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Happy Friday, Dear Readers!

You know those people who are always over-sharing? The casual acquaintance that blurts out that her husband cheated on her, proceeding to cry on your shoulder; the new parent who can’t stop talking about her infant’s (or god forbid, puppy’s) bowel movements at the dinner table; the co-worker who ensures that everyone knows the nasty little details about everyone else’s life?

Well, Facebook can be a lot like that.

I have a love-hate relationship with Facebook. I know I spend too much time on it–precious, valuable time that could be used for more important things. But as a writer, working in a department of one, I love how connected it makes me feel. I’ve met some amazing people on Facebook, and reconnected with old friends. It also lets me get to know new friends much faster than I would have without it. The support network that Facebook can generate is incredible. It’s like a gigantic “word-of-mouth” machine.

I once dated a guy who hated Facebook. He didn’t like how much it revealed about people’s personal lives, how invasive it was. And to my argument that it helps you get back in touch with wonderful people, his point was that if they were that wonderful, you wouldn’t have lost touch with them in the first place. (Interestingly, after our break-up, he dived hardcore into Facebook and is now busily collecting Friends, I assume.)

Facebook has definitely caused some dark days for me. I’ve seen photos I haven’t wanted to see, heard some pretty ugly news, and witnessed a lot of people behaving badly. Remember that support network? For some people, that is license to air whatever dirty laundry they choose, writing something awful in a status update that they’d never say face-to-face.I particularly loathe passive-aggressive updates: Tina hates it when her friends aren’t loyal, etc.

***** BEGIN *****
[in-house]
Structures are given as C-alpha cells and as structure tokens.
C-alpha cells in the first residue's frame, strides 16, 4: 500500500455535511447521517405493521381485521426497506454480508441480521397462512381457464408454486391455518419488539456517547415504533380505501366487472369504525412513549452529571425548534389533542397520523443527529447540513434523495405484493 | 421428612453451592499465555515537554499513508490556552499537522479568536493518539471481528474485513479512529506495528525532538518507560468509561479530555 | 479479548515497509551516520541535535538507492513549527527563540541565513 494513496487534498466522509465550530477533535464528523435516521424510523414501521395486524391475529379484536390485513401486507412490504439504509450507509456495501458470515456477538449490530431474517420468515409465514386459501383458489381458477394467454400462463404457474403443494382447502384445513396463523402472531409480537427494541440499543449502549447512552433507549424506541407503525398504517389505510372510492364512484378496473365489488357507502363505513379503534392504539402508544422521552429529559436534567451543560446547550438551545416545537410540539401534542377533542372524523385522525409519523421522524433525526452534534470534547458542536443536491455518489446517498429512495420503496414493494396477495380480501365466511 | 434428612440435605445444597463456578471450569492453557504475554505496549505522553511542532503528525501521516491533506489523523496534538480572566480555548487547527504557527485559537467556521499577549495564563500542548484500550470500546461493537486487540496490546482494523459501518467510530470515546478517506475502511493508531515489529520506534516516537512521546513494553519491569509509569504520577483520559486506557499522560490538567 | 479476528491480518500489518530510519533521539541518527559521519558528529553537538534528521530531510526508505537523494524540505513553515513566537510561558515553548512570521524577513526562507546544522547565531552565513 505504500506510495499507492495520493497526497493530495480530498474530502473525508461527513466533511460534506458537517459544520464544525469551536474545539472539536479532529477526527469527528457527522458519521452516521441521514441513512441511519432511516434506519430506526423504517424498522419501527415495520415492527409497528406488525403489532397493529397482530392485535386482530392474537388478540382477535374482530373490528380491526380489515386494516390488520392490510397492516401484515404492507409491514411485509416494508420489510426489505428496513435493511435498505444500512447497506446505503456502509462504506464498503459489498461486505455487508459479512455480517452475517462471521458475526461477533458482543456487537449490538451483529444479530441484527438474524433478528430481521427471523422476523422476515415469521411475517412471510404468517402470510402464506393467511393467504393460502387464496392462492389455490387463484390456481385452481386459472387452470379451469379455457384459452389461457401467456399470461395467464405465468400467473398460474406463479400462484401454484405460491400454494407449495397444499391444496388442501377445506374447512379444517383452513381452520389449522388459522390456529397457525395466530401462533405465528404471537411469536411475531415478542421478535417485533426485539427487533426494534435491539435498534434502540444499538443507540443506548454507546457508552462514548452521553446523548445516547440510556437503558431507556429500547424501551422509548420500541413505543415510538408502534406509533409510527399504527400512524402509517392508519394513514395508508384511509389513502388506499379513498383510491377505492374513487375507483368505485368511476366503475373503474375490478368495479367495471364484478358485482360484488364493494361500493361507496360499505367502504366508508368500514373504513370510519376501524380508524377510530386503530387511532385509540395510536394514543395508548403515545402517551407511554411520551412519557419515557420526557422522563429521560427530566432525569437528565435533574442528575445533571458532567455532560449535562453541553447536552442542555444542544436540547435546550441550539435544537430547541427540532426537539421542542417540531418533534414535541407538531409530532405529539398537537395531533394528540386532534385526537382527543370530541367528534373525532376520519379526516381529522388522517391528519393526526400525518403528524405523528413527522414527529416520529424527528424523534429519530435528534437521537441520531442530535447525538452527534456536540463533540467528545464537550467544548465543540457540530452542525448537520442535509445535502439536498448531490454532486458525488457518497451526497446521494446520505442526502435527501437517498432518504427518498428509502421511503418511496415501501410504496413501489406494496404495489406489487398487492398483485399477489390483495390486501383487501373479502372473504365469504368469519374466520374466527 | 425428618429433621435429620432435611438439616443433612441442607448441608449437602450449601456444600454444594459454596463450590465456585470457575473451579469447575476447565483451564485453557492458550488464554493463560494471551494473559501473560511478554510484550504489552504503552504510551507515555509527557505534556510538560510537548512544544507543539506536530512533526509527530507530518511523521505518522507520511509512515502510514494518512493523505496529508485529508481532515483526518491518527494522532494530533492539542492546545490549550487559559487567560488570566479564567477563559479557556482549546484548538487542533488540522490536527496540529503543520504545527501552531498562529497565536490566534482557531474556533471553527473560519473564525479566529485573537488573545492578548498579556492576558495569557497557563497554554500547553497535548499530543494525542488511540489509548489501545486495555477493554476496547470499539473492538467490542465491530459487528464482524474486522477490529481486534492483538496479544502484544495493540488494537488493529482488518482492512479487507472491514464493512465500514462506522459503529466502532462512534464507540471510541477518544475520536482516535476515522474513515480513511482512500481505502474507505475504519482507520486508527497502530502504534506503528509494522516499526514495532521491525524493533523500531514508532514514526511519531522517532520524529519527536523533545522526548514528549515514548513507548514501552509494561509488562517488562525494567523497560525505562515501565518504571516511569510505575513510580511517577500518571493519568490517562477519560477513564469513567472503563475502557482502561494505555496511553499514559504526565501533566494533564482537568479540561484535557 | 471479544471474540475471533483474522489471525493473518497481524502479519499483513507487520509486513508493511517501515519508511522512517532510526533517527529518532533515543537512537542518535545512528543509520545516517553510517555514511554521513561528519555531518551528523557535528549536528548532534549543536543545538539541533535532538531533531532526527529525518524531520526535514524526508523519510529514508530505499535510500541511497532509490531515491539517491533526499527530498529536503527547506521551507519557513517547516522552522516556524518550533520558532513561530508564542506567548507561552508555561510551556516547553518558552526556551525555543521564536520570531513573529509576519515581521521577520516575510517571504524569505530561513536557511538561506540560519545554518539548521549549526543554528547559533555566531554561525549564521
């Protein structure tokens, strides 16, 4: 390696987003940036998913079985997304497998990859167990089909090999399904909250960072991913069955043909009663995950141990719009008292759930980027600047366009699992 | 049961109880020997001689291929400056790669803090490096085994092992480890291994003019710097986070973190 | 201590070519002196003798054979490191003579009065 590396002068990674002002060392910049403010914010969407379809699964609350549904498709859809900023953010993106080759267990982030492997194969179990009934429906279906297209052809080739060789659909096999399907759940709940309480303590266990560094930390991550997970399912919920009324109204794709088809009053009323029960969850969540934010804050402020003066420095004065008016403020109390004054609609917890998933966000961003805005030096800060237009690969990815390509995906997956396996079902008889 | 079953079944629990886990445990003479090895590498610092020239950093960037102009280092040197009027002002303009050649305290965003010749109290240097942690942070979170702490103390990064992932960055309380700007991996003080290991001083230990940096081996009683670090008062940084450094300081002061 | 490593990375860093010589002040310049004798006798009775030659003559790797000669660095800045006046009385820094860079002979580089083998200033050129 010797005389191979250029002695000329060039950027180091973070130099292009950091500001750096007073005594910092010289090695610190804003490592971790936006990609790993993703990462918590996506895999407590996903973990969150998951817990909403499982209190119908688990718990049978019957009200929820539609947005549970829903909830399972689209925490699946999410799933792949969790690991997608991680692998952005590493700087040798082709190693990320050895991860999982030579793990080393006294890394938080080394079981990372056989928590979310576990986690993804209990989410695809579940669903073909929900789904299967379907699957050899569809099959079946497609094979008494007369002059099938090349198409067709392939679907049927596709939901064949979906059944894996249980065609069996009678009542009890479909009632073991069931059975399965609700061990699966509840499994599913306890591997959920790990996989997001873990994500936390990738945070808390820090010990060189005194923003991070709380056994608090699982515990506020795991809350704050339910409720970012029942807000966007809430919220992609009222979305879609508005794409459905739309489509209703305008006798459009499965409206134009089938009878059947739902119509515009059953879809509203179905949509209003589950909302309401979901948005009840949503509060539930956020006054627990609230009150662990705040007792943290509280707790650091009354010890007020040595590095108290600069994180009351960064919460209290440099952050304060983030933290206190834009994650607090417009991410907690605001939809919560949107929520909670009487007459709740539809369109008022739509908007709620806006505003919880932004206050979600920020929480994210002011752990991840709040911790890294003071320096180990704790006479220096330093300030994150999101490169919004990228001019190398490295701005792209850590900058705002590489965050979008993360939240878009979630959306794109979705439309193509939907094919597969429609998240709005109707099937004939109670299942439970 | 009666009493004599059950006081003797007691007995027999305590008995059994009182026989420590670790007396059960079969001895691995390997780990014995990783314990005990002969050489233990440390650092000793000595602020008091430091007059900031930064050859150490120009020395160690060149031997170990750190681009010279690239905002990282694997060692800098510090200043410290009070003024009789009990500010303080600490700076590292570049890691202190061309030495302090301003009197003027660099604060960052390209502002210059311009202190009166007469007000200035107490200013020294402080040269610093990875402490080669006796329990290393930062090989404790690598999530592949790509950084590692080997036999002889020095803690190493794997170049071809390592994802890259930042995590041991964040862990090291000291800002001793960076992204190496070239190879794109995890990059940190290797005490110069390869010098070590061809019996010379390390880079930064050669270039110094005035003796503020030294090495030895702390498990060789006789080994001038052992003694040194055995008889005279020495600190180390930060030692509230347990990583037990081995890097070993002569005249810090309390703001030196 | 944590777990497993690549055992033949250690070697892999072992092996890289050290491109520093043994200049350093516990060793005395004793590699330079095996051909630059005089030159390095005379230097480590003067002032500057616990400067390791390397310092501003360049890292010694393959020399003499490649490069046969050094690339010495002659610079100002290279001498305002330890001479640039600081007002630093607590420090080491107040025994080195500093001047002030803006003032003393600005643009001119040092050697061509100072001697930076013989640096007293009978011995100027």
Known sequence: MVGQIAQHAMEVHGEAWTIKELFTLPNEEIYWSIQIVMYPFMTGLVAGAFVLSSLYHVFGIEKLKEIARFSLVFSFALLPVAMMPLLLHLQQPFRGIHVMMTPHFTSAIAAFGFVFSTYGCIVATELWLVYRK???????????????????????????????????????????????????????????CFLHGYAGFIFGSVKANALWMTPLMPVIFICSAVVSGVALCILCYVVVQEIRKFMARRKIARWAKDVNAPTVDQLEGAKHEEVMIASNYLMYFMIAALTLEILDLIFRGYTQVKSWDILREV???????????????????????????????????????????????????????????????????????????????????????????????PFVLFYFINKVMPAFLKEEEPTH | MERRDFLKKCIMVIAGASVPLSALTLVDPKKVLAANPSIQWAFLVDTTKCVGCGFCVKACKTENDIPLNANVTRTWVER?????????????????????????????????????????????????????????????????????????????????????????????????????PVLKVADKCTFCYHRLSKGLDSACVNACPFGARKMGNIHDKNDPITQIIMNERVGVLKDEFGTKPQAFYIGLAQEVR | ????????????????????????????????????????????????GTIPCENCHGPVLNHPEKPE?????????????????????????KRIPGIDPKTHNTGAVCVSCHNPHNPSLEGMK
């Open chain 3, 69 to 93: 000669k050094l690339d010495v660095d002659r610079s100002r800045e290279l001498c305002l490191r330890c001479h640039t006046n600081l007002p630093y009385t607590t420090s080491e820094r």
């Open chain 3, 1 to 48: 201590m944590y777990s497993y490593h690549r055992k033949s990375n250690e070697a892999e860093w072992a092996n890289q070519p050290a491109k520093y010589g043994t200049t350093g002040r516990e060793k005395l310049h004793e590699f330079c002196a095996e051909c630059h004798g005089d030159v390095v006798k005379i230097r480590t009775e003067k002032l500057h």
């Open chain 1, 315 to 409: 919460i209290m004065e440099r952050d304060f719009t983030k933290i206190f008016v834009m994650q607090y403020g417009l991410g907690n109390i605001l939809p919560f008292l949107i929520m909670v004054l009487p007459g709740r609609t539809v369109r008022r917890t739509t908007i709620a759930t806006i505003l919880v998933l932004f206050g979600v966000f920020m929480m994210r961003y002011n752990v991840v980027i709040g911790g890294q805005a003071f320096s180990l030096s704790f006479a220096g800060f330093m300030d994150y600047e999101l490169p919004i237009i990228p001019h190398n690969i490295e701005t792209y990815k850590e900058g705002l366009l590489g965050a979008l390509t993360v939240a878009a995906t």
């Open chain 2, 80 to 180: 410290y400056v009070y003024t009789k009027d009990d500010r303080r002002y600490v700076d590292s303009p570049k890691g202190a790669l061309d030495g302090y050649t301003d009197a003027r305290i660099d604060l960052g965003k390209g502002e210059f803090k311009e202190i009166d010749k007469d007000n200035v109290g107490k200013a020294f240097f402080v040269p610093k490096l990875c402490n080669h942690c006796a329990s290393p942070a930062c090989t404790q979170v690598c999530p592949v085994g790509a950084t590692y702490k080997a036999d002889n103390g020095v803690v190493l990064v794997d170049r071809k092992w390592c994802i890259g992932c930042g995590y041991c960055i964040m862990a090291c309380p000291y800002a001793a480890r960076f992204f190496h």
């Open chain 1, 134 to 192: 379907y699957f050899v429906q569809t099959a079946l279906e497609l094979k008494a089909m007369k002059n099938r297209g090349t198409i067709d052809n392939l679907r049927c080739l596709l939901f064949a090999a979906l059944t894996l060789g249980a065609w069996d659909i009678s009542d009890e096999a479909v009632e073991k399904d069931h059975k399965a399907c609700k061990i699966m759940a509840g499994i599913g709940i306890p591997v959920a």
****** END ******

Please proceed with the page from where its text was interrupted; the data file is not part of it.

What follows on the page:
Still, all in all–its time-wasting potential aside–I would say Facebook has been a good thing for me. It’s how I met The Boy and discovered our many shared interests. I reconnected with the little sister of a dear friend who passed away in high school, and that alone has meant the world to me. I am able to “meet” the new babies of friends who live too far away, and watch them grow up, and easily stay connected with friends on the other side of the world (or the other side of the city). As much as it’s difficult to learn of that seemingly happy couple’s divorce through a status update, without Facebook, I would never know and could never say I’m sorry for what they’re going through. In light of all this, the dark days seem a small price to pay.